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Dynastic politics and Brand identity

Mark Antony, in Shakespeare's Julius Ceaser, while delivering his famous burial speech says,
The evil that men do lives after them; the good is oft interred with their bones,
This time, as every other time, there are several electoral candidates who come from a family of successful politicians.

While dynastic politics is talked about in negative light more often then otherwise, there is an interesting article in today's Economic Times Magazine on Dynasty Politics. Today being a Sunday morning, I will give in to my laziness and let you dig up the article online.

When the children of doctors, lawyers and accountants go on to become doctors, lawyers and accountants, absolutely nothing negative is said about it. But this is not the case when the children of politicians go on to become politicians.

This was the argument provided by Mani Shankar Aiyar as well, when he was asked a question on dynastic politics in India, a couple of years ago when he spoke at IIM Calcutta. This seemed a valid argument to me at the time and continues to do so today.

Borrowing from the ET article, if we were to invest in a start-up, we would likely choose one that already has a positive brand identity (be it through famous founders, investors, etc) as opposed to one that has to build it from scratch. We perhaps end up doing the same on election day.

The children of successful politicians already bring with them a positive brand identity as opposed to unknown new-comers.

The key is positive brand identity. This brings me back to the initial quote from Julius Caeser. It is much harder to leave behind a positive image than it is to leave behind a negative one.

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  1. Dynastic politics is not an issue, ineptitude is. Dynastic politics is used as a catch phrase to depict scenarios where 'bad products' get promoted in the name of 'good brand name'.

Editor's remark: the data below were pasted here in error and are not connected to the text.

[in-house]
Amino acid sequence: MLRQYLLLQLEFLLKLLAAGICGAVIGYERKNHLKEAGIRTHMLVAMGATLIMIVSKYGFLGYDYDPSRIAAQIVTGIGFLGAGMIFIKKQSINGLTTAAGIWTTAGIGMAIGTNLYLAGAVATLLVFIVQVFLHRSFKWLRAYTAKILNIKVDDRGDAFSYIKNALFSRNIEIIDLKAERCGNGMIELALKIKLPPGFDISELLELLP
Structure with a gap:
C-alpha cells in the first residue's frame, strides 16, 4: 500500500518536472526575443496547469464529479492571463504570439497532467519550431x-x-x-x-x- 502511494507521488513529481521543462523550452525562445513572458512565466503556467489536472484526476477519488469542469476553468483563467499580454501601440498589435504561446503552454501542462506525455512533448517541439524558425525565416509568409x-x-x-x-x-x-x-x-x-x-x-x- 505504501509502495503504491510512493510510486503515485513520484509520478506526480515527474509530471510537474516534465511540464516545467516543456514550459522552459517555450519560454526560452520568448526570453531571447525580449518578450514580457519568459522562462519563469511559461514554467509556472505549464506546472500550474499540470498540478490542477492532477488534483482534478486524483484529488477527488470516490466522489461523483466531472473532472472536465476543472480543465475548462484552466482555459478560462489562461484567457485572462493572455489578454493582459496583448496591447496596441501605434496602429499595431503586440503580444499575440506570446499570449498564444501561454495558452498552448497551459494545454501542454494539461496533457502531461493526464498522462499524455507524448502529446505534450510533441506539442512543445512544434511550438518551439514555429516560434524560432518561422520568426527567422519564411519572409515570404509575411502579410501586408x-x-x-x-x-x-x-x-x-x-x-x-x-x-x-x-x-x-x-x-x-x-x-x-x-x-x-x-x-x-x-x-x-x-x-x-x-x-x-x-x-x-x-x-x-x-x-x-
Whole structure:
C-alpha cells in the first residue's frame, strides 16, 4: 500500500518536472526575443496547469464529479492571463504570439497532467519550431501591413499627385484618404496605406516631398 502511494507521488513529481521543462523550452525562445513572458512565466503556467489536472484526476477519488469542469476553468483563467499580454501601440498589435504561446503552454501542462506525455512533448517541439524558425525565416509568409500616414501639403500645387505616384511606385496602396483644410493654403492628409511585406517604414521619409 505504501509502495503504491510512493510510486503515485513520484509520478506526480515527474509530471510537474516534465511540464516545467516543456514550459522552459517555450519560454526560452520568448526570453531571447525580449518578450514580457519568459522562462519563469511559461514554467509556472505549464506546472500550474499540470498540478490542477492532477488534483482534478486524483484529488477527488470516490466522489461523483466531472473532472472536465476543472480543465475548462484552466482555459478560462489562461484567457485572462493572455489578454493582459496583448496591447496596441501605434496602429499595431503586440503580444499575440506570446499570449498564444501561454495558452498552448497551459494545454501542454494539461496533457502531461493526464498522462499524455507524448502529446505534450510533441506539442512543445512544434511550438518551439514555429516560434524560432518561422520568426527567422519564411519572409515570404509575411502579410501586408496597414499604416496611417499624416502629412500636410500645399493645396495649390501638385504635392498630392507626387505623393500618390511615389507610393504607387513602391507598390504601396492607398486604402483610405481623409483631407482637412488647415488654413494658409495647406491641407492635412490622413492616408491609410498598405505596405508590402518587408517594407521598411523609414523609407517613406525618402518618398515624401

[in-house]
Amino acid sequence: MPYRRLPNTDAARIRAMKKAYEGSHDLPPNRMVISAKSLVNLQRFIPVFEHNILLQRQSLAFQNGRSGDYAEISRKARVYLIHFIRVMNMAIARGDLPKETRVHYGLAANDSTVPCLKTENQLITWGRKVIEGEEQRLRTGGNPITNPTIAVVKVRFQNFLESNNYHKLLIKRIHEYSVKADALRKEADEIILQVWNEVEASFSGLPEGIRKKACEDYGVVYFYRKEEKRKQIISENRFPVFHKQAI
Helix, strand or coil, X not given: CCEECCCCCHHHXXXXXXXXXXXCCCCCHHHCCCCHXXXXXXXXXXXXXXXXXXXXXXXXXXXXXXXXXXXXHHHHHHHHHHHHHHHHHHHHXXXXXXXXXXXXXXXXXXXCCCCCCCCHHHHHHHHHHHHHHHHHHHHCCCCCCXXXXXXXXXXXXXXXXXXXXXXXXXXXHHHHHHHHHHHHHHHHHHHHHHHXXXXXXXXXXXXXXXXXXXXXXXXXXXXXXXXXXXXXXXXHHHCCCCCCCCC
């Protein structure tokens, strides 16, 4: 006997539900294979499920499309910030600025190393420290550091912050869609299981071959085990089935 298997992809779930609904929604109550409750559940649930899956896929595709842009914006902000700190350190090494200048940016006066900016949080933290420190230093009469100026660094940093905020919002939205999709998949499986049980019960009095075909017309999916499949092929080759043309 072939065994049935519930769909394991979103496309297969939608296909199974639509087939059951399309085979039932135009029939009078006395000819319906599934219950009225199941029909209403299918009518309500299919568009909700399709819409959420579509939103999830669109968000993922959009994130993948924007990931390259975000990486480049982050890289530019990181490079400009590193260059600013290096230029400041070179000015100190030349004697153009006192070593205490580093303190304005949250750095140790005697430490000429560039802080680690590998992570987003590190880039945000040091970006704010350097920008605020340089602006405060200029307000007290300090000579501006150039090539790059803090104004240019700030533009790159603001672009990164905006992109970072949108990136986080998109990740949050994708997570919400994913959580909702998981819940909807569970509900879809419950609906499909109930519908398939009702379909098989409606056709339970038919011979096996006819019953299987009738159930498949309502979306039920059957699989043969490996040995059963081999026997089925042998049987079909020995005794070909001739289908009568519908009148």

Think about Sachin Pilot or Milind Deora, no complains so much. They might just mention it, but that can never be the main argument against them. Rahul Gandhi on the other hand has demonstrated tremendous ineptitude and reluctance to be involved in politics. It feels as though he is being retained to en-cash on the 'brand name' than for any personal worth he may have.

    I agree being against dynastic politics is silly and not possible, but being against ineptitude is not. Making an equivalence with lawyers and doctors is very silly( it is about public and private costs and risks).

    I will give you another example. Jayant SInha son of ex-FM Yashwant Sinha, went to IIT-Delhi, got admitted into the Ivy league colleges on his merit( his father had not acquired public office by that time), had a successful career in business and consulting and now he is contesting elections on his father's ticket. Yes, he got a ticket because because he is Yashwant Sinha's son, but his prior achievements are not because of his father. I have no objection to such candidates, and I am sure the majority would not either.

    Now compare this with Rahul Gandhi's case, the difference and ridiculous act of clubbing all such people under the umbrella of dynastic politics will become apparent.

    Conclusion - Dynasty is never the problem, ineptitude is. Dynasty is probably the reason for the ineptitude. The people, in general, use Dynasty as a catch phrase to refer to this phenomenon, of dynasty causing the ineptitude.


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